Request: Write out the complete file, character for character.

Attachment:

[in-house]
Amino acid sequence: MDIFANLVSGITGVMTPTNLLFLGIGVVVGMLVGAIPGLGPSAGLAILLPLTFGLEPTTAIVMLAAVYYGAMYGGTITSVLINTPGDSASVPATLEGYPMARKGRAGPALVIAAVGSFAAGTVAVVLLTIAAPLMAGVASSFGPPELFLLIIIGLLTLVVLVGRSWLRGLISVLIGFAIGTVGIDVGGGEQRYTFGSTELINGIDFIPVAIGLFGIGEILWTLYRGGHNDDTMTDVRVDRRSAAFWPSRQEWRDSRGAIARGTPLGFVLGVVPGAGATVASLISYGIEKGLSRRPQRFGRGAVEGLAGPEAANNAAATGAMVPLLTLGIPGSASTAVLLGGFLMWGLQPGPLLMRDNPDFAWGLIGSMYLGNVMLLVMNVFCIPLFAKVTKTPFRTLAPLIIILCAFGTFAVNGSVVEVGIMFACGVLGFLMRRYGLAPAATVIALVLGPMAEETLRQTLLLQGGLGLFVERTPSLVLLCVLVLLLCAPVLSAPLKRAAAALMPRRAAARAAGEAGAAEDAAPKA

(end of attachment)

[in-house]
Amino acid sequence: MDIFANLVSGITGVMTPTNLLFLGIGVVVGMLVGAIPGLGPSAGLAILLPLTFGLEPTTAIVMLAAVYYGAMYGGTITSVLINTPGDSASVPATLEGYPMARKGRAGPALVIAAVGSFAAGTVAVVLLTIAAPLMAGVASSFGPPELFLLIIIGLLTLVVLVGRSWLRGLISVLIGFAIGTVGIDVGGGEQRYTFGSTELINGIDFIPVAIGLFGIGEILWTLYRGGHNDDTMTDVRVDRRSAAFWPSRQEWRDSRGAIARGTPLGFVLGVVPGAGATVASLISYGIEKGLSRRPQRFGRGAVEGLAGPEAANNAAATGAMVPLLTLGIPGSASTAVLLGGFLMWGLQPGPLLMRDNPDFAWGLIGSMYLGNVMLLVMNVFCIPLFAKVTKTPFRTLAPLIIILCAFGTFAVNGSVVEVGIMFACGVLGFLMRRYGLAPAATVIALVLGPMAEETLRQTLLLQGGLGLFVERTPSLVLLCVLVLLLCAPVLSAPLKRAAAALMPRRAAARAAGEAGAAEDAAPKA